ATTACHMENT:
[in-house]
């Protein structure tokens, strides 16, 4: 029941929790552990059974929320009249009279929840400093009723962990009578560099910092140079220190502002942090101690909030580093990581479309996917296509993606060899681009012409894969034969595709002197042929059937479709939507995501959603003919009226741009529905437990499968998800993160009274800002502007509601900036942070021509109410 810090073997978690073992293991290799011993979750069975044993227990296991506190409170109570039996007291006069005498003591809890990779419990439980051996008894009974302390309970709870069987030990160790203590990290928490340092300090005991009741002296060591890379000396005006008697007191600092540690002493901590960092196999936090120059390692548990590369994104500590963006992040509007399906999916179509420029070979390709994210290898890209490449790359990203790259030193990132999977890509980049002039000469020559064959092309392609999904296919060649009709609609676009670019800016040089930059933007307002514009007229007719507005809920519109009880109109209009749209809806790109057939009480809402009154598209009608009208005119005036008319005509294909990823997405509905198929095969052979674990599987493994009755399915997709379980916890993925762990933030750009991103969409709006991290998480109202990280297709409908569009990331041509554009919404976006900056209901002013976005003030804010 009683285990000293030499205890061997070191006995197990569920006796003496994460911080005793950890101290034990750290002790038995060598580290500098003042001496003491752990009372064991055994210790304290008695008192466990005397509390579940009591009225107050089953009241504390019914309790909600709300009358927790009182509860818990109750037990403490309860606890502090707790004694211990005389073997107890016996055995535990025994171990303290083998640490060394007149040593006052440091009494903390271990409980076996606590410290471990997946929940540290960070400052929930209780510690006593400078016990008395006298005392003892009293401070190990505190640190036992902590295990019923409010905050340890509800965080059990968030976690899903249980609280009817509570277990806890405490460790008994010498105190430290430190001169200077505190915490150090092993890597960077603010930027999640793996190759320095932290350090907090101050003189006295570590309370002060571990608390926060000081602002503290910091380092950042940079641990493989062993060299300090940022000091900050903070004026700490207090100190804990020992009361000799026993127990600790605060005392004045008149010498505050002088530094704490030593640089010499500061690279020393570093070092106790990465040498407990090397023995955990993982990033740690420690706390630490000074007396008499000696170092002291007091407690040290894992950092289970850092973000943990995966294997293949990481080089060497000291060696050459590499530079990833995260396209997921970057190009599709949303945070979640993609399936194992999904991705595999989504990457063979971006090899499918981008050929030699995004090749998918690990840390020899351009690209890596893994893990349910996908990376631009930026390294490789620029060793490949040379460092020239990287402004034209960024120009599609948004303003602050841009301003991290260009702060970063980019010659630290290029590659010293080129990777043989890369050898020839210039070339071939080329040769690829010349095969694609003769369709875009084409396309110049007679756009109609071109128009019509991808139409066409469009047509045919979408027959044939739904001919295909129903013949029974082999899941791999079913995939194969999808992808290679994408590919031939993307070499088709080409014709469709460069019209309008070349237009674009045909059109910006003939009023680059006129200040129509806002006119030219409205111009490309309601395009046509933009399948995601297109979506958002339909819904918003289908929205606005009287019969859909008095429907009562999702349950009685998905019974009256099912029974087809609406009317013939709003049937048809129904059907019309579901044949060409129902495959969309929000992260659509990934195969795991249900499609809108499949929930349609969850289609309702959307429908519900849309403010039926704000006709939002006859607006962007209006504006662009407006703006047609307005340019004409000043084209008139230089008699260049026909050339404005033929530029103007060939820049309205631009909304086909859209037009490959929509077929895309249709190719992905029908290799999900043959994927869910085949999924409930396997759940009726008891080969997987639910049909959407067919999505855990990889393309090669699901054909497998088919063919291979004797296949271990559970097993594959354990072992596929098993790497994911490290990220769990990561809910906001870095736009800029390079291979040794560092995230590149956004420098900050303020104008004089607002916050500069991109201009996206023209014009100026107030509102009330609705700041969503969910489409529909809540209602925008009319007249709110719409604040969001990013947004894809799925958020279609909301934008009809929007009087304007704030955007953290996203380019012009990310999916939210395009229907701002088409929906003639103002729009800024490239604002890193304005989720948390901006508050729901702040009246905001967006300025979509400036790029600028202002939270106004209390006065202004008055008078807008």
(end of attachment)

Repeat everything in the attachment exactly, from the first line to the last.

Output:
[in-house]
């Protein structure tokens, strides 16, 4: 029941929790552990059974929320009249009279929840400093009723962990009578560099910092140079220190502002942090101690909030580093990581479309996917296509993606060899681009012409894969034969595709002197042929059937479709939507995501959603003919009226741009529905437990499968998800993160009274800002502007509601900036942070021509109410 810090073997978690073992293991290799011993979750069975044993227990296991506190409170109570039996007291006069005498003591809890990779419990439980051996008894009974302390309970709870069987030990160790203590990290928490340092300090005991009741002296060591890379000396005006008697007191600092540690002493901590960092196999936090120059390692548990590369994104500590963006992040509007399906999916179509420029070979390709994210290898890209490449790359990203790259030193990132999977890509980049002039000469020559064959092309392609999904296919060649009709609609676009670019800016040089930059933007307002514009007229007719507005809920519109009880109109209009749209809806790109057939009480809402009154598209009608009208005119005036008319005509294909990823997405509905198929095969052979674990599987493994009755399915997709379980916890993925762990933030750009991103969409709006991290998480109202990280297709409908569009990331041509554009919404976006900056209901002013976005003030804010 009683285990000293030499205890061997070191006995197990569920006796003496994460911080005793950890101290034990750290002790038995060598580290500098003042001496003491752990009372064991055994210790304290008695008192466990005397509390579940009591009225107050089953009241504390019914309790909600709300009358927790009182509860818990109750037990403490309860606890502090707790004694211990005389073997107890016996055995535990025994171990303290083998640490060394007149040593006052440091009494903390271990409980076996606590410290471990997946929940540290960070400052929930209780510690006593400078016990008395006298005392003892009293401070190990505190640190036992902590295990019923409010905050340890509800965080059990968030976690899903249980609280009817509570277990806890405490460790008994010498105190430290430190001169200077505190915490150090092993890597960077603010930027999640793996190759320095932290350090907090101050003189006295570590309370002060571990608390926060000081602002503290910091380092950042940079641990493989062993060299300090940022000091900050903070004026700490207090100190804990020992009361000799026993127990600790605060005392004045008149010498505050002088530094704490030593640089010499500061690279020393570093070092106790990465040498407990090397023995955990993982990033740690420690706390630490000074007396008499000696170092002291007091407690040290894992950092289970850092973000943990995966294997293949990481080089060497000291060696050459590499530079990833995260396209997921970057190009599709949303945070979640993609399936194992999904991705595999989504990457063979971006090899499918981008050929030699995004090749998918690990840390020899351009690209890596893994893990349910996908990376631009930026390294490789620029060793490949040379460092020239990287402004034209960024120009599609948004303003602050841009301003991290260009702060970063980019010659630290290029590659010293080129990777043989890369050898020839210039070339071939080329040769690829010349095969694609003769369709875009084409396309110049007679756009109609071109128009019509991808139409066409469009047509045919979408027959044939739904001919295909129903013949029974082999899941791999079913995939194969999808992808290679994408590919031939993307070499088709080409014709469709460069019209309008070349237009674009045909059109910006003939009023680059006129200040129509806002006119030219409205111009490309309601395009046509933009399948995601297109979506958002339909819904918003289908929205606005009287019969859909008095429907009562999702349950009685998905019974009256099912029974087809609406009317013939709003049937048809129904059907019309579901044949060409129902495959969309929000992260659509990934195969795991249900499609809108499949929930349609969850289609309702959307429908519900849309403010039926704000006709939002006859607006962007209006504006662009407006703006047609307005340019004409000043084209008139230089008699260049026909050339404005033929530029103007060939820049309205631009909304086909859209037009490959929509077929895309249709190719992905029908290799999900043959994927869910085949999924409930396997759940009726008891080969997987639910049909959407067919999505855990990889393309090669699901054909497998088919063919291979004797296949271990559970097993594959354990072992596929098993790497994911490290990220769990990561809910906001870095736009800029390079291979040794560092995230590149956004420098900050303020104008004089607002916050500069991109201009996206023209014009100026107030509102009330609705700041969503969910489409529909809540209602925008009319007249709110719409604040969001990013947004894809799925958020279609909301934008009809929007009087304007704030955007953290996203380019012009990310999916939210395009229907701002088409929906003639103002729009800024490239604002890193304005989720948390901006508050729901702040009246905001967006300025979509400036790029600028202002939270106004209390006065202004008055008078807008």